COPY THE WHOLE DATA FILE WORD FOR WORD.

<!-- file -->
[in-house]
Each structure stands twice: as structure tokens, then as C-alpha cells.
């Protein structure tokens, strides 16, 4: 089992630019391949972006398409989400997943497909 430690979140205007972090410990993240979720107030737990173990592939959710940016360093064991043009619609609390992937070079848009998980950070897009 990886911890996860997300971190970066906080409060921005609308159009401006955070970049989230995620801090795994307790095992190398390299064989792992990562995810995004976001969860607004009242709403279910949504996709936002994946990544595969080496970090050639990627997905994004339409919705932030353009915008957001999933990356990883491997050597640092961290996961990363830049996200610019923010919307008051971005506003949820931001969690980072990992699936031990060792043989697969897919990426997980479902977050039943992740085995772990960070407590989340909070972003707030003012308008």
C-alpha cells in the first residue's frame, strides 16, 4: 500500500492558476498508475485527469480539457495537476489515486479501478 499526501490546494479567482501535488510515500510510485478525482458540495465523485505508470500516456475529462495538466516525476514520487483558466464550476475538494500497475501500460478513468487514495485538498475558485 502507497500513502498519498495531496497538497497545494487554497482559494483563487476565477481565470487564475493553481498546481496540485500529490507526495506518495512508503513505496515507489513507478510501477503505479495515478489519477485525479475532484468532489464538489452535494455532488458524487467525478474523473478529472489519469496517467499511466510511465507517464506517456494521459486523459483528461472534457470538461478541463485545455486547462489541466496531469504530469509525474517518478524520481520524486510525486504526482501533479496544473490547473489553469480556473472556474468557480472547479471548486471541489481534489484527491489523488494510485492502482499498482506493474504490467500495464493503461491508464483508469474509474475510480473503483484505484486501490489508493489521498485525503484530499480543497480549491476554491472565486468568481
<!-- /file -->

[in-house]
Each structure stands twice: as structure tokens, then as C-alpha cells.
């Protein structure tokens, strides 16, 4: 089992630019391949972006398409989400997943497909 430690979140205007972090410990993240979720107030737990173990592939959710940016360093064991043009619609609390992937070079848009998980950070897009 990886911890996860997300971190970066906080409060921005609308159009401006955070970049989230995620801090795994307790095992190398390299064989792992990562995810995004976001969860607004009242709403279910949504996709936002994946990544595969080496970090050639990627997905994004339409919705932030353009915008957001999933990356990883491997050597640092961290996961990363830049996200610019923010919307008051971005506003949820931001969690980072990992699936031990060792043989697969897919990426997980479902977050039943992740085995772990960070407590989340909070972003707030003012308008």
C-alpha cells in the first residue's frame, strides 16, 4: 500500500492558476498508475485527469480539457495537476489515486479501478 499526501490546494479567482501535488510515500510510485478525482458540495465523485505508470500516456475529462495538466516525476514520487483558466464550476475538494500497475501500460478513468487514495485538498475558485 502507497500513502498519498495531496497538497497545494487554497482559494483563487476565477481565470487564475493553481498546481496540485500529490507526495506518495512508503513505496515507489513507478510501477503505479495515478489519477485525479475532484468532489464538489452535494455532488458524487467525478474523473478529472489519469496517467499511466510511465507517464506517456494521459486523459483528461472534457470538461478541463485545455486547462489541466496531469504530469509525474517518478524520481520524486510525486504526482501533479496544473490547473489553469480556473472556474468557480472547479471548486471541489481534489484527491489523488494510485492502482499498482506493474504490467500495464493503461491508464483508469474509474475510480473503483484505484486501490489508493489521498485525503484530499480543497480549491476554491472565486468568481